ECB Minutes Highlight Currency Manipulation Concerns

The minutes from the European Central Bank’s latest monetary policy meeting reveal anxieties about nations manipulating their currencies for competitive gain.

According to the ECB minutes, which were released today, “A number of remarks were made about recent exchange rate developments.”

It was noted in the minutes that while the euro exchange rate is not a target of ECB policy, movements in the exchange rate are deemed important insofar as they can affect the outlook for growth and inflation in the euro area.

The euro appreciated for much of 2017, as sentiment towards the euro area grew more positive following the Dutch and French general elections and as the region’s economy continued to improve.

The minutes say that it was argued that an exchange rate appreciation linked to positive developments in domestic demand could be expected to have a lower pass-through to inflation, as firms would likely use the strength of the economic situation as an opportunity to rebuild their profit margins, which they had reduced during the crisis.

“However, more recently the euro’s appreciation also reflected other factors, including communication on exchange rates and on the monetary policy outlook across major currency areas. In such cases, the pass-through to inflation could be stronger,” it says in the minutes.

Apparently, it was also pointed out during the meeting that the bilateral exchange rate of the euro against the US dollar had changed more than the euro’s nominal effective exchange rate.

“This had led market participants to attribute recent exchange rate volatility more to the weakness of the US dollar than to the strength of the euro. However, explaining the US dollar weakness was not straightforward, given the strength of recent data releases and the fiscal and monetary policy outlook in the United States. This also had to be taken into account when considering the consequences of the exchange rate appreciation for the euro area economy. In addition, an appreciation relative to an invoicing currency such as the US dollar could be more important for the strength of the pass-through than suggested by its weight in the effective exchange rate,” according to the minutes.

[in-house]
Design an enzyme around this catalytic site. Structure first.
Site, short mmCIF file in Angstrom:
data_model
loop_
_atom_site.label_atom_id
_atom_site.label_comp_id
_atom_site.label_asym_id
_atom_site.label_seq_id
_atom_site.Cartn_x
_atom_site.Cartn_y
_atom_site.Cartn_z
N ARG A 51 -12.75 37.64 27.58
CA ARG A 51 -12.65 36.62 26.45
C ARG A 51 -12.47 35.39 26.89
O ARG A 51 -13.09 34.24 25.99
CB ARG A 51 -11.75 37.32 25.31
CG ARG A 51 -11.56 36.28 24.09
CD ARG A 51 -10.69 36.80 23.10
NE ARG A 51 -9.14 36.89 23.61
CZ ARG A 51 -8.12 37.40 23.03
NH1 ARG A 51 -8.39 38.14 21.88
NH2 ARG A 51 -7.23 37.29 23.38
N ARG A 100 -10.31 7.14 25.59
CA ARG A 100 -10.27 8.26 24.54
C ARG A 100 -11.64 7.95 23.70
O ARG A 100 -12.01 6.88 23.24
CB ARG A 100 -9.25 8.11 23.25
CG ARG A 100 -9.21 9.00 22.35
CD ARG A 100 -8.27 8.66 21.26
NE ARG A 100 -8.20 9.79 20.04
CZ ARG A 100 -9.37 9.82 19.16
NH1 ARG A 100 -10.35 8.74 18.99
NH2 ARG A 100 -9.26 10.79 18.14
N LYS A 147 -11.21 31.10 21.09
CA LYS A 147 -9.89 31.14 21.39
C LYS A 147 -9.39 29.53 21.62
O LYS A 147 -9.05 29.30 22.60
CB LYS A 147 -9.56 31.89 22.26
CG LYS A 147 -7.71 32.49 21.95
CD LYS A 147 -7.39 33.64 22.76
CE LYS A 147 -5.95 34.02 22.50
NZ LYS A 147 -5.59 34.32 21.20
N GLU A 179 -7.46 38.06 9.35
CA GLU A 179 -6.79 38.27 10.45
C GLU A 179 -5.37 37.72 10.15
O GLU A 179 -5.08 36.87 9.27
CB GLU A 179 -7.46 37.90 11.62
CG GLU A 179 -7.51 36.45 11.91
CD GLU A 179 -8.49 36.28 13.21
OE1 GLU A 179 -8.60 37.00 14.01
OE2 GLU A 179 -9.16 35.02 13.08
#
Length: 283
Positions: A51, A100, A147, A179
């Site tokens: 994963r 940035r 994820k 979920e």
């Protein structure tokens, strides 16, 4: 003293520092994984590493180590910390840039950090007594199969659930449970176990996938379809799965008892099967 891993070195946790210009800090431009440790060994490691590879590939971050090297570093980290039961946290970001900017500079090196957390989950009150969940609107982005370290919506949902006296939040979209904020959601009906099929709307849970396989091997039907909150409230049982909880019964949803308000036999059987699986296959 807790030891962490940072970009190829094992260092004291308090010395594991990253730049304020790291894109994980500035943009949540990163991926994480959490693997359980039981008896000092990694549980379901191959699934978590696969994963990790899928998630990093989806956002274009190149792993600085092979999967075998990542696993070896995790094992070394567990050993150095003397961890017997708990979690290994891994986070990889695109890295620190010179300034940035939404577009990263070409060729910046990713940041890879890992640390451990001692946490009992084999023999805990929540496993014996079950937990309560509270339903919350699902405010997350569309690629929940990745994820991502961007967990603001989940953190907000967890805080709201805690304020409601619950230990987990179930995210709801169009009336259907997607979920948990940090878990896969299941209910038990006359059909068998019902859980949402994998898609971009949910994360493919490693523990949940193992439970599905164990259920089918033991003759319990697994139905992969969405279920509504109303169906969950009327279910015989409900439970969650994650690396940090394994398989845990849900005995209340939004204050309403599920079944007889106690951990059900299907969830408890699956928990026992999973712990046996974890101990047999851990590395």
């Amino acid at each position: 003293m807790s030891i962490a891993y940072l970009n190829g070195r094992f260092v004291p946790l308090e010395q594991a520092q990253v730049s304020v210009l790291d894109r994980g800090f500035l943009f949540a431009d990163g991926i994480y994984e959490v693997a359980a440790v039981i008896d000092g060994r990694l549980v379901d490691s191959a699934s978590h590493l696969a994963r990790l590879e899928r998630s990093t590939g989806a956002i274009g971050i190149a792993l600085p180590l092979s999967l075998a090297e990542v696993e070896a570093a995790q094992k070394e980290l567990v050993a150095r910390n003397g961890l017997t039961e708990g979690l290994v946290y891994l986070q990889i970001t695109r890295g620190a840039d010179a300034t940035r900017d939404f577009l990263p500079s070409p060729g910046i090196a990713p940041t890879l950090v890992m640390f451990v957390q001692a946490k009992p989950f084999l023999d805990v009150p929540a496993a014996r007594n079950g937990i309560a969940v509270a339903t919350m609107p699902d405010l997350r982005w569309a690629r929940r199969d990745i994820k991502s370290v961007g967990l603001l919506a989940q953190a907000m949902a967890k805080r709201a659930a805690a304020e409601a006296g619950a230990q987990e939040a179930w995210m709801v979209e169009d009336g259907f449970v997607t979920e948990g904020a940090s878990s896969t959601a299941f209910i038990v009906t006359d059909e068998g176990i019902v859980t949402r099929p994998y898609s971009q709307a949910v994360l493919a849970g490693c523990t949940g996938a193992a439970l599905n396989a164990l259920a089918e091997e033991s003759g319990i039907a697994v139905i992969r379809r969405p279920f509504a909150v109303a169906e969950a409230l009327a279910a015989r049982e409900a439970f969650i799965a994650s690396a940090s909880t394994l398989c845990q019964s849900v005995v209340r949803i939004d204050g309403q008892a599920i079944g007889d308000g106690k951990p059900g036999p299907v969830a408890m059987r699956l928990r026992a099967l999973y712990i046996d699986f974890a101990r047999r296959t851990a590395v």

The effect of this on the economy of euro area will depend on the extent and persistence of the exchange rate appreciation, added those present at the meeting.

Now, here comes arguably the key quote from the ECB minutes:

“Concerns were also expressed about recent statements in the international arena about exchange rate developments and, more broadly, the overall status of international relations. The importance of adhering to agreed statements on the exchange rate was emphasised, such as that included in the October 2017 communiqué of the 36th meeting of the IMF’s International Monetary and Financial Committee, which stated that excessive volatility or disorderly movements in exchange rates could have adverse implications for economic and financial stability, and that members would refrain from competitive devaluations and would not target their exchange rates for competitive purposes.”

The minutes show that this subject was raised again later in the meeting, following a broad agreement from the members present to convey the Governing Council’s concerns about the recent volatility in the euro exchange rate, which represented a source of uncertainty that had to be monitored with respect to its implications for the medium-term outlook for price stability.

“In this context, it was also seen as important to reaffirm the agreed G7 and G20 exchange rate language, which entailed the commitment to market-determined exchange rates and refraining from targeting them for competitive purposes,” it says in the minutes.

Although the ECB did not specify exactly which countries it was concerned might be targeting competitive devaluations in their currencies, given the earlier comments about the current weakness of the US dollar even as data shows the US economy to be in rude health, it is possible that this is an allusion to comments made by US Treasury Secretary, Steven Mnuchin, in January.

That was when Mnuchin was widely quoted in mainstream media outlets present at the World Economic Forum in Davos as stating that a weaker dollar would be beneficial to the US in terms of trade opportunities and that the currency’s short-term value is not a concern for the current US administration. This caused the euro to jump to its highest level against the dollar since 2014.

Galen Stops

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